DUI Penalties in Pennsylvania: Too Harsh or Just Right?

  • Steve Jarmon,
  •   DUI
  •   Comments Off on DUI Penalties in Pennsylvania: Too Harsh or Just Right?
In Pennsylvania, DUIs are classified as a misdemeanor offense, but the consequences and penalties of a DUI conviction are more severe than most other misdemeanor offenses and some felony offenses. A DUI arrest and conviction has an effect on a individual that could effect every aspect of that person’s life. The two primary reasons for this are mandatory jail sentences and mandatory license suspensions.


 A person with no prior record who gets convicted of a DUI will likely face at least 3 days of incarceration and a one year loss of license.  Both of these factors would play a significant role in a person’s ability to continue to work at their job and provide for their families.  Even if a person were fortunate enough to have a job that would allow them to have time off to serve their jail sentence, not having a license for a year would be a hurdle that most people, especially those who live in the suburbs, would not be able to overcome.  A one year loss of license for most people would certainly put their jobs in jeopardy if they rely on their car to get back and forth to work. There are also family concerns associated with a loss of license. Not being able to drive your kids to doctor’s appointments or pick them up from school certainly would cause hardships for a family.


To put this in perspective, a person with no prior record who is charged with misdemeanor Simple Assault on their spouse, which many would agree is  amore egregious offense, would not face nearly the same consequences. If convicted, that person may only receive a probationary sentence. In some situations, the District Attorney may agree to drop the charge altogether in exchange for the person participating in a domestic violence class. Aside from participating in some programs, the charged individual is often times allowed to continue on with their life and career with little interruptions.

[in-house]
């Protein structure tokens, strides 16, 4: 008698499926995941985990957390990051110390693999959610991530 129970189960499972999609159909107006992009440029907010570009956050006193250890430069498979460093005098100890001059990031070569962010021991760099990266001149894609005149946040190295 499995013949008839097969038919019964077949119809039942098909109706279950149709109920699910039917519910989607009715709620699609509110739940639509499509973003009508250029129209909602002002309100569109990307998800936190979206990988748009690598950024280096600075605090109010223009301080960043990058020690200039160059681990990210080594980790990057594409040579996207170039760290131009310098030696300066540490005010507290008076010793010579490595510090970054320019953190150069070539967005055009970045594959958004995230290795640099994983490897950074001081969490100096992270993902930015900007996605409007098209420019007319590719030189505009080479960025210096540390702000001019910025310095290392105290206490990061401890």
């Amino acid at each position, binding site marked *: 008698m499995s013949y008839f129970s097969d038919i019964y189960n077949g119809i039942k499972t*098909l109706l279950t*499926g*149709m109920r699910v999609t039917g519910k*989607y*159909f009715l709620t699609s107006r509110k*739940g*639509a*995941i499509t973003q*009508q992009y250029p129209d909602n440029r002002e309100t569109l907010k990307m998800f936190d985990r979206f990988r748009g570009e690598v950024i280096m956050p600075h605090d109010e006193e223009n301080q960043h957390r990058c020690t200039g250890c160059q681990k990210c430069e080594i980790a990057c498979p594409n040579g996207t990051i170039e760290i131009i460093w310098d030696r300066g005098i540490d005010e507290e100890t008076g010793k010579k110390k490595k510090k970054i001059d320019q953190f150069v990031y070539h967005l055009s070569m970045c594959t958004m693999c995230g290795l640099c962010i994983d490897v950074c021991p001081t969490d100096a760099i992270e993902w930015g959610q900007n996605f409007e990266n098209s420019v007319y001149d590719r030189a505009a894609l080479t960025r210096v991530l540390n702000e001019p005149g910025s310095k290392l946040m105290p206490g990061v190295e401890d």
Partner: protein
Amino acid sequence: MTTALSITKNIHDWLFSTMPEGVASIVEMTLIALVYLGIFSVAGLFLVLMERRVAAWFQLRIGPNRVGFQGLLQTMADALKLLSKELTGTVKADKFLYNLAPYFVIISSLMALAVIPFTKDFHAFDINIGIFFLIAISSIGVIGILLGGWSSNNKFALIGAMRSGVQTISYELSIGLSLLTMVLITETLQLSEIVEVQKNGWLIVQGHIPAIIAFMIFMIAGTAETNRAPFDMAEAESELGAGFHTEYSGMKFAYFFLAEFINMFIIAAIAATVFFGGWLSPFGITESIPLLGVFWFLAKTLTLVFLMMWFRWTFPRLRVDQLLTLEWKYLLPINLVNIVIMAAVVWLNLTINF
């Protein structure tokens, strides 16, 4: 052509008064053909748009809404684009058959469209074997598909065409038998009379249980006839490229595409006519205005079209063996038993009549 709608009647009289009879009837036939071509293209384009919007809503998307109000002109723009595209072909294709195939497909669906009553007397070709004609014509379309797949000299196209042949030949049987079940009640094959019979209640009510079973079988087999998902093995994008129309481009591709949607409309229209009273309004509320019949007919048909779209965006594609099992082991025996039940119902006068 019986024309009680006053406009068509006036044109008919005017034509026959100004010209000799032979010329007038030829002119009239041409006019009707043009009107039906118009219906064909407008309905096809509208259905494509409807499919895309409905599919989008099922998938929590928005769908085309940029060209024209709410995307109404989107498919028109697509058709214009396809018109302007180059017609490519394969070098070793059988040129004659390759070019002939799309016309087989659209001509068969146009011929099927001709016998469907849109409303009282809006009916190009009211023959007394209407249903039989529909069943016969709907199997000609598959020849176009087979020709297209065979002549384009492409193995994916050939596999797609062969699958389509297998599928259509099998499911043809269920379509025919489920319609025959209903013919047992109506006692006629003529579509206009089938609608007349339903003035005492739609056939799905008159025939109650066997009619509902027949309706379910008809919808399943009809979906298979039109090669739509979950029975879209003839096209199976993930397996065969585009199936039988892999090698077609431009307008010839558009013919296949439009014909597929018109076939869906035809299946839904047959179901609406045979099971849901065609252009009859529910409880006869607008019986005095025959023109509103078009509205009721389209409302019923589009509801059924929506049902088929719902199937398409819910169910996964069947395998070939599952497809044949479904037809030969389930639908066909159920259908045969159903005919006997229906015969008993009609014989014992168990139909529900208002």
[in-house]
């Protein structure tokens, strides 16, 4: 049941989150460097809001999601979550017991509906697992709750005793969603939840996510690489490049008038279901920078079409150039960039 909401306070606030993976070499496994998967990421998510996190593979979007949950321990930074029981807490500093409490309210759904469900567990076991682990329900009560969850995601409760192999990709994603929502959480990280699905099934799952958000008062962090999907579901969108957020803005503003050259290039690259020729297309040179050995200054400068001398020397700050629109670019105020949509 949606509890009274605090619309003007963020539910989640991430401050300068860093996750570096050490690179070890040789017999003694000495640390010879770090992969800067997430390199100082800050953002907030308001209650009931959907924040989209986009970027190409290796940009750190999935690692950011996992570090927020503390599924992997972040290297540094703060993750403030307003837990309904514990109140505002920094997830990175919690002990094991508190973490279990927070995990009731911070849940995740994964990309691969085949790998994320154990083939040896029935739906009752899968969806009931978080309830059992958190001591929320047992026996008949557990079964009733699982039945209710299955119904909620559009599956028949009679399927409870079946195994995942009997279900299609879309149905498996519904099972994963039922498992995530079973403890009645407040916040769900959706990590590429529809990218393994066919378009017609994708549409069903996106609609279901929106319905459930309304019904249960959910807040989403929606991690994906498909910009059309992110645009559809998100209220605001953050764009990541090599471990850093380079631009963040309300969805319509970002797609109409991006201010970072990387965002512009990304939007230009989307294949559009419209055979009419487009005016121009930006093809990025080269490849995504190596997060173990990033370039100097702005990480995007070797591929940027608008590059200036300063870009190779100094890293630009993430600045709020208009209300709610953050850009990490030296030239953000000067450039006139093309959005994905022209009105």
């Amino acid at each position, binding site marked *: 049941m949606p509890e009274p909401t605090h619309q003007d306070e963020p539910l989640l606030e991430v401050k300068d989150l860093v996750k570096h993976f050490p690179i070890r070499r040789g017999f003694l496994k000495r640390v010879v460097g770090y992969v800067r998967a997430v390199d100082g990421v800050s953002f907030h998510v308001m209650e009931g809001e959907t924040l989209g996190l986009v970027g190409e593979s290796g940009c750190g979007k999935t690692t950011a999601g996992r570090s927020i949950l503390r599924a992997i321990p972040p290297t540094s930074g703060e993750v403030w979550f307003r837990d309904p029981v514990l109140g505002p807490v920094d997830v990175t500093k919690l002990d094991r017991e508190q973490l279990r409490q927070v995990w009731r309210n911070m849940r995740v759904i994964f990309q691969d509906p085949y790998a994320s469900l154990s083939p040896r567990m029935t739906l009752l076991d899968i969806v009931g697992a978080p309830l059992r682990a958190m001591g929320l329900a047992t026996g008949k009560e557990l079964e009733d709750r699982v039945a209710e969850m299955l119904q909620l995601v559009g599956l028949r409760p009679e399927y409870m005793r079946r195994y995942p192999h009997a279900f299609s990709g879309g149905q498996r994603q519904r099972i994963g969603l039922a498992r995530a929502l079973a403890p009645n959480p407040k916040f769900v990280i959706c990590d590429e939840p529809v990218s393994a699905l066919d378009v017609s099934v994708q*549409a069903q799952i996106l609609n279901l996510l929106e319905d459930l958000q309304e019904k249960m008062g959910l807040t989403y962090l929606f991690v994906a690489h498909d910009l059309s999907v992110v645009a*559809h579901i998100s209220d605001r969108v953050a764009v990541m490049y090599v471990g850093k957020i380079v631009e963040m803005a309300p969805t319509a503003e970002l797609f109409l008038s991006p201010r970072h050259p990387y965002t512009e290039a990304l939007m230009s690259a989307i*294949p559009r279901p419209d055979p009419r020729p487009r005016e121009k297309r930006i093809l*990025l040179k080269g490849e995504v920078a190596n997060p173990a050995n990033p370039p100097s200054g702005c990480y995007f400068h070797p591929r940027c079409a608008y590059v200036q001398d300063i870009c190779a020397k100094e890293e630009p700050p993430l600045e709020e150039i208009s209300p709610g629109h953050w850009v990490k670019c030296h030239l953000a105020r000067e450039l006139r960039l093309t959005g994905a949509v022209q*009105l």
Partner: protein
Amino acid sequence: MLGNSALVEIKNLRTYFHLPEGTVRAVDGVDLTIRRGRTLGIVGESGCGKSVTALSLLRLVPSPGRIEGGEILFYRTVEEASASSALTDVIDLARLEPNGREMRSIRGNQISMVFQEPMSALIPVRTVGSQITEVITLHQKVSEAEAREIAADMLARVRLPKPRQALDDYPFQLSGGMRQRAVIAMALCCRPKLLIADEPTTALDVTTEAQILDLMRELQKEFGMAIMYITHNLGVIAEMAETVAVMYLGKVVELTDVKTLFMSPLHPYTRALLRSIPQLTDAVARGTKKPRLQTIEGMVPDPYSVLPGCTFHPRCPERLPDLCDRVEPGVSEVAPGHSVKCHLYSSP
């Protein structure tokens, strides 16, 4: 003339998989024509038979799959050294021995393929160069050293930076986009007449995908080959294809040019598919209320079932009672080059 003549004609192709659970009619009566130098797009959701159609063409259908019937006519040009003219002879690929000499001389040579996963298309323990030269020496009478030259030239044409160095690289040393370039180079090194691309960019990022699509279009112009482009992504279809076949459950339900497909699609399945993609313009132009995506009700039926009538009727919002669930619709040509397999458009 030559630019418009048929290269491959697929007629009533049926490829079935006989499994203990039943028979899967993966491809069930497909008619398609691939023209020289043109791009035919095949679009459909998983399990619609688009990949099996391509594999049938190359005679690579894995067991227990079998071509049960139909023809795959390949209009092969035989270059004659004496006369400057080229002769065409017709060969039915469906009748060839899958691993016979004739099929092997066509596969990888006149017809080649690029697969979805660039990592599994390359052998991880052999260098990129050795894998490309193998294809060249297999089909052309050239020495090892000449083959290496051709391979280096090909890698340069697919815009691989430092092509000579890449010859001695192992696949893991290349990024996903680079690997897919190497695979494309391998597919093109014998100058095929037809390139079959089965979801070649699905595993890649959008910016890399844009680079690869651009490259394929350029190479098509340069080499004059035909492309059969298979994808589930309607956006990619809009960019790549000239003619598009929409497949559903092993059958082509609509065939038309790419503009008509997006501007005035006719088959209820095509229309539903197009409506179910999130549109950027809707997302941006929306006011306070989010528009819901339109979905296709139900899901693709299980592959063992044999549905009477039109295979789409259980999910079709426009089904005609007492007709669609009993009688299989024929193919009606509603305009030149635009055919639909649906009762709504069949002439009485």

The reality is that the criminal justice system punishes DUI offenders based not on what they did but based on what they are trying to prevent, which is the unfortunate deaths of many innocent people at the hands of drunk drivers. Most people would agree that someone who gets behind the wheel of a car while intoxicated and kills someone should be dealt with severely by the criminal justice system, but the real dilemma that deserves considerable thought is what to do with the individual who consumed more than they should at the office Christmas party or dinner out with friends who happens to get stopped at a checkpoint or pulled over for speeding. Do they deserve the consequences they will likely have to endure? Consequences that people who have committed more egregious offenses will likely avoid. Only the public can decide this through their elected representatives. For now, the public has decided that the answer is yes.

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